It is not the case, as those who see communism as the equivalent of or worse than Nazism have argued, that Leonid Brezhnev's Russia was Stalinist. Under communism, people slept more easily in their beds and led happier lives. Nevertheless, as Russia came under intense pressure from the West to live up to its human rights agreements, political prisoners were still tortured. Poet Joseph Brodsky, who later won the Nobel Prize for literature, lived to deliver his testimony. Dissident Anatoly Marchenko did not. Three years after Gorbachev's general pardon for all political prisoners in 1986, an event that received surprisingly little attention in the foreign press, the KGB sent 2,000 people to psychiatric hospitals (psykhushki). Political arrests still happened in 1989. Then, finally, Russia became a free country. Since then a minority of historians and interested individuals have been combing the archives, trying to recover the past and creating the opportunity to mourn. The Russians evidently have difficulty coming to terms with the past. This disappoints Applebaum, but we should remember that the Germans spent 50 years mastering their own dark history. Germany was pointed in the right direction by its occupier-liberators, but the Russians have liberated themselves. So perhaps we should be patient.

Because of the pervasive ignorance of the gulag, the positions of Europe and America in the Cold War need reexamining. America's under-awareness of the gulag had to do with geographical distance but also with the reduction of the Soviet phenomenon to an unqualified political evil, which discouraged sympathy for mass injustice. At the same time, educated Americans imagined the fate of the Jews under Nazism so vividly that it became part of the domestic heritage. From the mid-1970s to the present, the Holocaust was the crime against humanity. There was no moral energy left over for the Russian tragedy.

Ignorance in the outside world about the gulag persisted through the Cold War despite landmark accounts by writer-victims. Solzhenitsyn's "One Day in the Life of Ivan Denisovich" even appeared in Russia in a short period of political opportunity in 1962, followed by his foreign-published novels "Cancer Ward," "The First Circle" and his infinitely distressing memoir, "The Gulag Archipelago." In "To Build a Castle -- My Life as a Dissenter" (1978), Vladimir Bukovsky wrote of his torment at the mercy of politically motivated psychiatrists. Varlam Shalamov's "Kolyma Tales" (1994) described daily life in Russia's most notorious corrective hellhole inside the Arctic Circle.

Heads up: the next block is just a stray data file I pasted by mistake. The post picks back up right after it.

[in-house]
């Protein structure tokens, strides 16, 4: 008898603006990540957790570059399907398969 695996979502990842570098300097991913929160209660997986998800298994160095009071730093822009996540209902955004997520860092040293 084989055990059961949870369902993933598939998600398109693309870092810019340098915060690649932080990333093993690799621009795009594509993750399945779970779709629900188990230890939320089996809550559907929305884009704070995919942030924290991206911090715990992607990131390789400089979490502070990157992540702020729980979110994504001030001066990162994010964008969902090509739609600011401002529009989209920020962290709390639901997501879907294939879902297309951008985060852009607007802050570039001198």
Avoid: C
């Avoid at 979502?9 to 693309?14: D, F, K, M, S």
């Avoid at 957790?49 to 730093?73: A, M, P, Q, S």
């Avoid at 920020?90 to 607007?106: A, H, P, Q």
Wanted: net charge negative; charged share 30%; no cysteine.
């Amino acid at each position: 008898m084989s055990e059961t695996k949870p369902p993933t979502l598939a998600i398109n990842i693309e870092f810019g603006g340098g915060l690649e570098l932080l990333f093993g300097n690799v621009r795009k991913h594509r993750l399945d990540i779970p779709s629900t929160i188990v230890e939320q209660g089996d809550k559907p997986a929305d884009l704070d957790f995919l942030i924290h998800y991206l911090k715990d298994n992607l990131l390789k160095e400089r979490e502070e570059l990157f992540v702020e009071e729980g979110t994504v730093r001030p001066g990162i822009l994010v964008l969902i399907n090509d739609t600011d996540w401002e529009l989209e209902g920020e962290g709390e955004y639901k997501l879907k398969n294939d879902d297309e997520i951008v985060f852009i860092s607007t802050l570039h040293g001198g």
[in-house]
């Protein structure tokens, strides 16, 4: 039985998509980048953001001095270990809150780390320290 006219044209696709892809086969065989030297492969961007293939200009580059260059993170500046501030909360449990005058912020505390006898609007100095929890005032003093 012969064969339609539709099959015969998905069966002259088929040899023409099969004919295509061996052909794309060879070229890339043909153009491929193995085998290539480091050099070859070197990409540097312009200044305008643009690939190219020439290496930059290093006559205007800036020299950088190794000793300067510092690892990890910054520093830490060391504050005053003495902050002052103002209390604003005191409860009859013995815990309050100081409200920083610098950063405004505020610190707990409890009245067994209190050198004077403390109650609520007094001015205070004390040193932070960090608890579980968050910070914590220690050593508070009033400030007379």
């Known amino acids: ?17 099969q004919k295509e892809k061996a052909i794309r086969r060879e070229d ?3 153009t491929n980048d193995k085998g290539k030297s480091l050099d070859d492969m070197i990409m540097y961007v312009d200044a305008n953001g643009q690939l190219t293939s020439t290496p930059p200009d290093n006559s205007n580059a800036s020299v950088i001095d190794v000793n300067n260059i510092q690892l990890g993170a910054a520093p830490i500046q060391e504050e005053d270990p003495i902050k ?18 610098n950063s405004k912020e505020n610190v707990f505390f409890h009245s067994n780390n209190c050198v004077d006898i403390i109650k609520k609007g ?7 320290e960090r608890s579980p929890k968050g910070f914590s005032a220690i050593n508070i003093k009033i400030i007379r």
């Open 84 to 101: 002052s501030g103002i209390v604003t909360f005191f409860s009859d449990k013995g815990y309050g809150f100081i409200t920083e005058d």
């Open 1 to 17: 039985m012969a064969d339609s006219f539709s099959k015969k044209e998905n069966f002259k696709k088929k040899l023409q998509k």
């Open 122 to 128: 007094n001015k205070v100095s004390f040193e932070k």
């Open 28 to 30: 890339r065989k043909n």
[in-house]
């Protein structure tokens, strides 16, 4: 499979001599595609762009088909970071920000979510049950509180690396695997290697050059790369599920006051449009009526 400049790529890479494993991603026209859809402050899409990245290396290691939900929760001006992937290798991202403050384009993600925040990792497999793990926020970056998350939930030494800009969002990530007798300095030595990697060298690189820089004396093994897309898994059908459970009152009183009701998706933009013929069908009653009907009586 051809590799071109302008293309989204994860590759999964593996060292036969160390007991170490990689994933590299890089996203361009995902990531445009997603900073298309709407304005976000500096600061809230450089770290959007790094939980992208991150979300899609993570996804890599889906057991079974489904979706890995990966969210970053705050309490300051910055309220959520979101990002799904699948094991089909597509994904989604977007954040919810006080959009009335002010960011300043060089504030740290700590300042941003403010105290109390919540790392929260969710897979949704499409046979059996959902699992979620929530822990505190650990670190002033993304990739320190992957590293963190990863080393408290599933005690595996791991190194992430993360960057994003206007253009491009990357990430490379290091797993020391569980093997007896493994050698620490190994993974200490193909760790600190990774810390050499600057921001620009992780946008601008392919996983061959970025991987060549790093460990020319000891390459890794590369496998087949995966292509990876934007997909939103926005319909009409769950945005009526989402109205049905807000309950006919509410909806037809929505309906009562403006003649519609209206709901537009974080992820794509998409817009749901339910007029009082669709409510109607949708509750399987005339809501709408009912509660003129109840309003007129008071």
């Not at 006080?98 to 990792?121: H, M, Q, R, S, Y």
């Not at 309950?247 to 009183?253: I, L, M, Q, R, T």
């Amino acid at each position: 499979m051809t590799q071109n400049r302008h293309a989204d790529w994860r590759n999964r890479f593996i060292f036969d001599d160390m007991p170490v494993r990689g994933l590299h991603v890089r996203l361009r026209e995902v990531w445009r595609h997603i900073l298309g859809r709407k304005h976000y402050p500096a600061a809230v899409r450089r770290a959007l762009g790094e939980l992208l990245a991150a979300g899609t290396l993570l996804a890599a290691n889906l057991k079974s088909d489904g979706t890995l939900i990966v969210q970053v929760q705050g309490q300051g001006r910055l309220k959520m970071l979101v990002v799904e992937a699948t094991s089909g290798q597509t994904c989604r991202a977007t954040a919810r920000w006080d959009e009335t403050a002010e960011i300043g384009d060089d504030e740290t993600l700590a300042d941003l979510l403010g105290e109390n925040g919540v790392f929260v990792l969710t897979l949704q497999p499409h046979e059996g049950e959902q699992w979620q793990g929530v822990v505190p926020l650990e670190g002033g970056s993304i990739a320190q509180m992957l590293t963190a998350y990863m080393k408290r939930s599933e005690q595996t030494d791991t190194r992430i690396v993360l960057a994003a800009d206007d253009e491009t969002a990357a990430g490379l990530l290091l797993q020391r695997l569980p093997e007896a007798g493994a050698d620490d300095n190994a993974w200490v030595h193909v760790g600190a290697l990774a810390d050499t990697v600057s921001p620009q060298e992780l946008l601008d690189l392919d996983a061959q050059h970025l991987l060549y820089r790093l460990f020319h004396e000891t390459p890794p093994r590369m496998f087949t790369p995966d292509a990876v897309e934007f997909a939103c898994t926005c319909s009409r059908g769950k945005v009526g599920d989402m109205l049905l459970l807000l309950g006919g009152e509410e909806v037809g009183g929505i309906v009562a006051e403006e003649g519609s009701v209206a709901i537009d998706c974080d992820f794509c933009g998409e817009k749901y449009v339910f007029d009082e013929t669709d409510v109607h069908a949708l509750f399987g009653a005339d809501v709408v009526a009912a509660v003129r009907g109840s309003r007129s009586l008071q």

Applebaum, though, is not motivated only by Western ignorance. She deplores the fact that the crimes of Stalin should for so long have been minimized by the left in the West. It's true that the difficulty of the elderly Jean-Paul Sartre and Simone de Beauvoir to accept what Solzhenitsyn wrote, after their long years of communist sympathizing, sticks in one's gullet. For Applebaum, it is not just an American preoccupation with the Holocaust and a readiness to dismiss Russia as the evil empire but also the ardent desire of the intellectual left for socialism to work in Russia that have resulted in a lasting imbalance in East-West understanding.

The first idea of the concentration camp, one learns, came to Russia from British practice in the Boer War and from German practice in southwest Africa. The name came from a Spanish practice of rounding up peasants to stop local insurgencies in Cuba in 1895. In Russia, it attached itself to the long czarist tradition of Siberian exile. Liberal-minded aristocrats, who staged a botched insurrection in 1825, became the first famous victims of the system (later to be followed by novelist Feodor Dostoevsky, who was sentenced to corrective labor for socialist agitation and wrote about it in "From the House of the Dead"). In the 19th and 20th centuries, almost as many Siberia-bound prisoners died on the ill-supplied journey as succumbed to prison or camp conditions. For those merely exiled, arriving in Siberia was almost a reprieve.